Carl Trueman writes with verve and sass, which is of course a good thing, so it is a pity when he whiffs one. Don’t get me wrong — the swing was picture perfect, but the ball somehow still wound up in the catcher’s mitt.
The occasion was a jab that D.G. Hart was taking at the transformationalist vision of King’s College in New York, and its new president Greg Thornbury. In his comments, Trueman took a few extra jabs of his own about transformationalism.
“DG’s critique at Old Life of the bombastic claims about transformationism is akin to one I have made frequently in the classroom about talk of the [singular] ‘Christian worldview': such things are, by and large, code for the expression of the concerns of the middle class chatterati in a blandly Christian idiom. As far as I know, for example, no conferences on the transformation of Christian toilet cleaning or turkey rendering have yet been successfully organised.”
Let us begin there. One of the most remarkable things about the critiques of transformationalism is that they depend, in large measure, on how quickly human beings can come to take things for granted. Toilet cleaning? Let us begin with the remarkable fact that we have toilets at all — which a lot of people still don’t. Is there a biblical approach to sewage disposal? Well, yes, there is (Dt. 23:13, ESV).
And depending on what Trueman means by turkey rendering, there are lots ways we can glorify God in that realm. Thanksgiving is one of the fundamental duties of man, and turkeys sure help.
The apostle Paul insisted that we honor and glorify God in and through whatever we eat and drink (1 Cor. 10:31), and this means down to the last bit of stuffing on the plate. That stuffing is good, and is sanctified by the word of God and prayer (1 Tim. 4:5). So I would be perfectly willing to hold a conference on food issues, turkey included, and in fact I think that is rapidly becoming a dire necessity.
I would also be willing to have a conference on toilets, because there are Christians — and not just a few of them — who love to go along with the periodic pagan panics, no matter how absurd, one of the more recent being that we might be running out of water, and hence their religious mania about using less water with every flush. Which affects the cleaning of said bowl.
But such responses, however fun, and they are fun, are still fooling around at the edges. To his credit, Trueman sees how grim things are getting for Christians, and he wants us to take off the rose-colored glasses so that we will be prepared to take a faithful stand.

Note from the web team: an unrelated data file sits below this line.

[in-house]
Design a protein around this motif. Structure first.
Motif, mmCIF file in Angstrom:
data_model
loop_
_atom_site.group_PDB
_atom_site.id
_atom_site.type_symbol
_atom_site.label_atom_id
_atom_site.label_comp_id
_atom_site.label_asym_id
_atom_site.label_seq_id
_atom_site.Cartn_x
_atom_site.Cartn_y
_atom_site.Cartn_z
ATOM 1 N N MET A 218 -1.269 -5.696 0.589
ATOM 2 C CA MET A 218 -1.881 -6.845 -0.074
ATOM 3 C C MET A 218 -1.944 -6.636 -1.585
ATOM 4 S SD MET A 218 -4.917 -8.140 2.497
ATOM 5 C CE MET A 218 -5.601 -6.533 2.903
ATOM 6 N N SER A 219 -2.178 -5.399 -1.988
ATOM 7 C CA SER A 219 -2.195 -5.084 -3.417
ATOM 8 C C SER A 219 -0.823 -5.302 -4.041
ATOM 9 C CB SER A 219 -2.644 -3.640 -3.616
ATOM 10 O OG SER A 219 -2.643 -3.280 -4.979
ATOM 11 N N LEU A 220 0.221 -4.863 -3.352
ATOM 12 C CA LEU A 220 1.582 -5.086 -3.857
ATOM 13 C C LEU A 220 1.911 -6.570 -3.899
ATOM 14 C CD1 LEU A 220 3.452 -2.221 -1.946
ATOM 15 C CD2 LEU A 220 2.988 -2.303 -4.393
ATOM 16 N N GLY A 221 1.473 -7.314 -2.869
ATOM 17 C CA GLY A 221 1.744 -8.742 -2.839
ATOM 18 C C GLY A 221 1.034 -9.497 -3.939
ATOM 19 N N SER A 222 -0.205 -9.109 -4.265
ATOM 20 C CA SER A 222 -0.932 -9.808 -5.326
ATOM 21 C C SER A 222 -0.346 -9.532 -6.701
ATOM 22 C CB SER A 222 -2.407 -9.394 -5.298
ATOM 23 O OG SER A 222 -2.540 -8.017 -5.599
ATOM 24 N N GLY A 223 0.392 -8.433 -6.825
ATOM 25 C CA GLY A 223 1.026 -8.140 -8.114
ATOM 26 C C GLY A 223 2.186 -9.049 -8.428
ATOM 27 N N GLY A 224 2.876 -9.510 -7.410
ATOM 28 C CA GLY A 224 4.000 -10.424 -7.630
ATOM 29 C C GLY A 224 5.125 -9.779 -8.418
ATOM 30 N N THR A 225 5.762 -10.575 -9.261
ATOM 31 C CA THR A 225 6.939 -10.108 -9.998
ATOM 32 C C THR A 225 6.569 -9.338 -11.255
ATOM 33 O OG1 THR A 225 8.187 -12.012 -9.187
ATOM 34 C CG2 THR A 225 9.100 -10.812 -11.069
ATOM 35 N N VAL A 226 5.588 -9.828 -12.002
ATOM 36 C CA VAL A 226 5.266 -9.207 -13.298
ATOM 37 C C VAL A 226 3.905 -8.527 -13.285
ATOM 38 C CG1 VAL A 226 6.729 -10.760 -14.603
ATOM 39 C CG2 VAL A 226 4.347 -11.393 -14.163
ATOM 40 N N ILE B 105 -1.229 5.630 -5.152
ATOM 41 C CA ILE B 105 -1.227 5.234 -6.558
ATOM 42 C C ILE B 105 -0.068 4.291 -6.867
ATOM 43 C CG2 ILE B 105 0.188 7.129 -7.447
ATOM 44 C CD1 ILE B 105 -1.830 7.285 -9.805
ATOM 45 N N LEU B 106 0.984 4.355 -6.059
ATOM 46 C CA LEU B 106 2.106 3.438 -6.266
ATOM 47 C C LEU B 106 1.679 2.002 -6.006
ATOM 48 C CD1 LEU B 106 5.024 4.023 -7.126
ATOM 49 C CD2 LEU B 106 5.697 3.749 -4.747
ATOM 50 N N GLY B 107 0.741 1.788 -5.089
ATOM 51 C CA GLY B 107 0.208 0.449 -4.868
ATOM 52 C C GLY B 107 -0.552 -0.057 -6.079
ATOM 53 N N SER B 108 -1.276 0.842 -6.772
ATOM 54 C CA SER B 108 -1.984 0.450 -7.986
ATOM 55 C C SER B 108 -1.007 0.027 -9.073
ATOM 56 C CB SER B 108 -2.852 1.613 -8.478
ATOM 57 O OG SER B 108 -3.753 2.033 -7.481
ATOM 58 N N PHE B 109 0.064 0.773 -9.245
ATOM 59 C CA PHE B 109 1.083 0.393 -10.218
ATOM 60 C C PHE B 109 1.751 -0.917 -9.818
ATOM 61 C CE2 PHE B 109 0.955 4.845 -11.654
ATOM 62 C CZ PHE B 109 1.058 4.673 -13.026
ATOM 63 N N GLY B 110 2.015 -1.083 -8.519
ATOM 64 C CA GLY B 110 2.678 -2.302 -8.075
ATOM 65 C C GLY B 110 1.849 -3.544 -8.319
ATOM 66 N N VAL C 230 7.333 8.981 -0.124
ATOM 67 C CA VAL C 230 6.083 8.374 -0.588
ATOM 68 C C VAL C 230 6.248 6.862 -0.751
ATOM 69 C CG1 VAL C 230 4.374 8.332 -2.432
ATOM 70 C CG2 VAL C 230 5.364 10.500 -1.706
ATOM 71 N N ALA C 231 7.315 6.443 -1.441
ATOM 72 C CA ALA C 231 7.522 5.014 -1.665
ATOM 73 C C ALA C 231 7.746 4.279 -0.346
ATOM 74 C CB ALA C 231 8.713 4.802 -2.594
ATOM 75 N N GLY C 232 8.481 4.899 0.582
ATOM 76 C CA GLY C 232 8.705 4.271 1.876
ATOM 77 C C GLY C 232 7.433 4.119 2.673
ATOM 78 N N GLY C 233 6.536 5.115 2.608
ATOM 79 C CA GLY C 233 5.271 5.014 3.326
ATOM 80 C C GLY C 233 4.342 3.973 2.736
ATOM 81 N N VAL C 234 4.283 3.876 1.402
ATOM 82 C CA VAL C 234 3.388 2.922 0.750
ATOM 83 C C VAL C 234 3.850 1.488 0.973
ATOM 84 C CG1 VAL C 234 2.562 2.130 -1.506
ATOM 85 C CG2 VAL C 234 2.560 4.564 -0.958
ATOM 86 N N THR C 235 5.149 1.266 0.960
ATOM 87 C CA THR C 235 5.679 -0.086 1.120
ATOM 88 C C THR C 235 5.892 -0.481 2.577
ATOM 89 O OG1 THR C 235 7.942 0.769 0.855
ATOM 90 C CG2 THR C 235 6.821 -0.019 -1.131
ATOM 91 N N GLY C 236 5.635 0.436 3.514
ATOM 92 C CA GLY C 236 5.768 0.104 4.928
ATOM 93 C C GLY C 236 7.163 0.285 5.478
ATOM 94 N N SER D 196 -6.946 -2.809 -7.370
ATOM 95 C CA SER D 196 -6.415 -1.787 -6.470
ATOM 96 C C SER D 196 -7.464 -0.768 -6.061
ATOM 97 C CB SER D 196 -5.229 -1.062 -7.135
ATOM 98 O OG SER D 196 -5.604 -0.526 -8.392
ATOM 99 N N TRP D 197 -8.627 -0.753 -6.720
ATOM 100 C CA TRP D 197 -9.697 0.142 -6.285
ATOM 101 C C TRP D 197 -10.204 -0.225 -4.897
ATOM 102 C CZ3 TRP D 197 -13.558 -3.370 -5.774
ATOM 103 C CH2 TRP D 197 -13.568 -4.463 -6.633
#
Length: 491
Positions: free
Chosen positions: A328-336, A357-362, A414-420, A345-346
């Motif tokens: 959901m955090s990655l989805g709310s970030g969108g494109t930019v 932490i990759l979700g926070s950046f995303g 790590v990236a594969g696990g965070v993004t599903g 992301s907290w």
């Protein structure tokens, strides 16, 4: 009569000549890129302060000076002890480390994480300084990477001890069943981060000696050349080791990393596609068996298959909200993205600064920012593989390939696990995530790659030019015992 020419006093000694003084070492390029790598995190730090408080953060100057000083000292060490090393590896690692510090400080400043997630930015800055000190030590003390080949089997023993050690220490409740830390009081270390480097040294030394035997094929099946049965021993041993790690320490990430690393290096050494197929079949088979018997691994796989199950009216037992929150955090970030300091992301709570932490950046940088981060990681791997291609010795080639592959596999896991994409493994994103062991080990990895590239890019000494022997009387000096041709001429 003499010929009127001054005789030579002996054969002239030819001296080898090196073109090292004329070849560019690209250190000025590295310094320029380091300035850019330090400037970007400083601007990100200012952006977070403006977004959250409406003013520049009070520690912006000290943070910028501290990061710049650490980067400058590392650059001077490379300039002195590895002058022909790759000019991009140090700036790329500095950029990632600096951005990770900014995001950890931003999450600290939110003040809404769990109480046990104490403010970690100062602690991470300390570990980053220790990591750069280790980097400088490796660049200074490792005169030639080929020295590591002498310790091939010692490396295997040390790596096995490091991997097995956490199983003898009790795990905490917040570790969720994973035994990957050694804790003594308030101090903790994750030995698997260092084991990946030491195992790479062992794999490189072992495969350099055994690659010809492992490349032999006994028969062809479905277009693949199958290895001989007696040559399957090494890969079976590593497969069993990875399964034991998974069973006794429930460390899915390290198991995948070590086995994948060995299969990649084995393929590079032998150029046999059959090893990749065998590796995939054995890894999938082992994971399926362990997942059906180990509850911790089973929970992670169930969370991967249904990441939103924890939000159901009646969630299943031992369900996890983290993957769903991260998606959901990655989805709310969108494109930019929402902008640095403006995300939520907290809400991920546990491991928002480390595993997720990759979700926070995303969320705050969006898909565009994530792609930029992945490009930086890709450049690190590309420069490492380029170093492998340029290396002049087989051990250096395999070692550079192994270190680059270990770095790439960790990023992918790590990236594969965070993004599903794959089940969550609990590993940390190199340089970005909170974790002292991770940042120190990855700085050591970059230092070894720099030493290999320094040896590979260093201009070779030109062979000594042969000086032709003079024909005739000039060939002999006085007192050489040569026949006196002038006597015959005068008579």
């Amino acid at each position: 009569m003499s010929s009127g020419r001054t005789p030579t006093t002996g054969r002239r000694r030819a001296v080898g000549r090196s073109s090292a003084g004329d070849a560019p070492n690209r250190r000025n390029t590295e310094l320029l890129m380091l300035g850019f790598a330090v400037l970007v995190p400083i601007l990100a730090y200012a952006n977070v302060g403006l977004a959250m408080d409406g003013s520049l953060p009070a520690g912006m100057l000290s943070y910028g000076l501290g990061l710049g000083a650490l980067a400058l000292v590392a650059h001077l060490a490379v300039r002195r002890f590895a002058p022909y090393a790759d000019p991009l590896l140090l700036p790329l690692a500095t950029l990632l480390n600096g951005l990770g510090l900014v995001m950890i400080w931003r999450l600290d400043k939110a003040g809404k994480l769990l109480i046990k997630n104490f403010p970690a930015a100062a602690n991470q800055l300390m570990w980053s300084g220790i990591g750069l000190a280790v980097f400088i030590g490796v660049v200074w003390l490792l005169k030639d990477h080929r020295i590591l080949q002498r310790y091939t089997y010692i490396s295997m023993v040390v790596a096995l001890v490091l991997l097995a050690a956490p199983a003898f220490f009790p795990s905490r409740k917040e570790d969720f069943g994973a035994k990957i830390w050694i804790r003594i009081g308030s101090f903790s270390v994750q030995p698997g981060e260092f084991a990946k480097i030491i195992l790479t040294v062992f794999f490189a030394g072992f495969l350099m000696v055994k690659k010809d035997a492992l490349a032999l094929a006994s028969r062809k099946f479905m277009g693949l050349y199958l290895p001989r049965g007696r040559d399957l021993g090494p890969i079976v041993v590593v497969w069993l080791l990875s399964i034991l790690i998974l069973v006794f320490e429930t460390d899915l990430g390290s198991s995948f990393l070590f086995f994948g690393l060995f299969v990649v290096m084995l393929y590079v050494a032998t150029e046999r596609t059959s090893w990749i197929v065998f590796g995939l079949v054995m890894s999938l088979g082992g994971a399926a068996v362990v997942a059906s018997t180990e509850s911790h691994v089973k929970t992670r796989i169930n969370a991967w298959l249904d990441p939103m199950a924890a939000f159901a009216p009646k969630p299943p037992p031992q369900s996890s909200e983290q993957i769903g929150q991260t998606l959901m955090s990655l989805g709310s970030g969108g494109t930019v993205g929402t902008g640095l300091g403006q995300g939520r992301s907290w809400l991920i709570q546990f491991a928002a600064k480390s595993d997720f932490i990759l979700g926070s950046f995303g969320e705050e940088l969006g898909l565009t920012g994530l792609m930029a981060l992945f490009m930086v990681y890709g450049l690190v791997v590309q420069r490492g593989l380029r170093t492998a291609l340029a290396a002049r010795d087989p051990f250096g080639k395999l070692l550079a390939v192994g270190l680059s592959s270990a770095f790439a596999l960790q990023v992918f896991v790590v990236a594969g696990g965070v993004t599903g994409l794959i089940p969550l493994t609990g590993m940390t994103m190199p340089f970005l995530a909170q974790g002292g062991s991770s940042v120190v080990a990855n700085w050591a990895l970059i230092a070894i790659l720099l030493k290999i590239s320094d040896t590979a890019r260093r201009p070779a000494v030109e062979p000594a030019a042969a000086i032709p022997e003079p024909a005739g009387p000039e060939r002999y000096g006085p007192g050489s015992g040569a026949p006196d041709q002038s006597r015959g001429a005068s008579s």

“Surely it is time to become realistic. It is time to drop the cultural elitism that poses as significant Christian transformation of culture but only really panders to nothing more than middle class tastes and hobbies. It is time to look again at the New Testament’s teaching on the church as a sojourning people where here we have no lasting home. The psalms of lament teach us that it is only when we have realistic horizons of expectation will we be able to stand firm against what is coming. If we do not understand that now, we are going to be sorely disappointed in the near future.”
This is a paragraph that has much to commend it. But what it is missing — unfortunately, a key piece — is the realization that this is how God tells the story of His people, and it is in precisely such circumstances that the eucatastrophes occur.
The psalms of lament do in fact teach us that while God is able to deliver us from Nebuchadnezzar’s furnace, He will not necessarily do so. But whether He does so or not, we are not going to bow down to their idols. It is this kind of backbone — the kind that Trueman has — that is frequently delivered from the crisis, as we learn from those other psalms, the psalms of triumph. Trueman, much to his joyful surprise and muted dismay, will leap over a wall (Ps. 18:29), whether he wants to or not.
Faithfulness is what we are called to. Success is in the hand of the Lord. If He delivers us, then glory to God. If we are all tied to stakes, then may God give us the grace to exhort one another with “play the man, Master Ridley,” seeing ourselves as tinder for a fire that no man can ever quench. If we win in the present, glory to God. If we lose, then glory to God for how our sacrifice will be the raw material that God will use to bless a future generation of saints in their great deliverance.
Trueman looks at the current pornraunch of contemporary Amsterdam, as though that somehow undid all Kuyper’s great achievements. It is certainly sad, for the current Dutch have no Kuyper. But why should this make us feel sorry for the Dutch who did? The Scriptures never teach us to think that Manasseh meant that David’s endeavors were pointless.
No, we are doing what we are doing before a great cloud of witnesses (Heb. 12:1). Transformationalists — like Greg Thornbury — are doing what they are doing in the presence of many witnesses, all of whom were as up against it as we are. The cloud reference in that passage makes me think they must all be in a celestial balcony, with places like King’s College center stage, in the center of the spotlight.
Up in the balcony, we see Isaiah, who was sawn in two (Heb. 11:37). Now what good did that do? Then there is Jeremiah, who was imprisoned (Heb. 11:36). There is David, who subdued kingdoms (Heb. 11:33). We have Daniel, who shut the mouths of lions (Heb. 11:33). All of them are watching us, not just some of them.
Notice that up in the balcony, we have both victors and martyrs, but we do not have transformationalists and non-transformationalists. They are all transformationalists. The blood of the martyrs is the seed of the Church, and the Christian king is the plant that grows from it.
Look at history. You cannot have Polycarp without getting Alfred. And if you ever get an Alfred, there must have been a Polycarp. This is how God tells the story. Death and resurrection.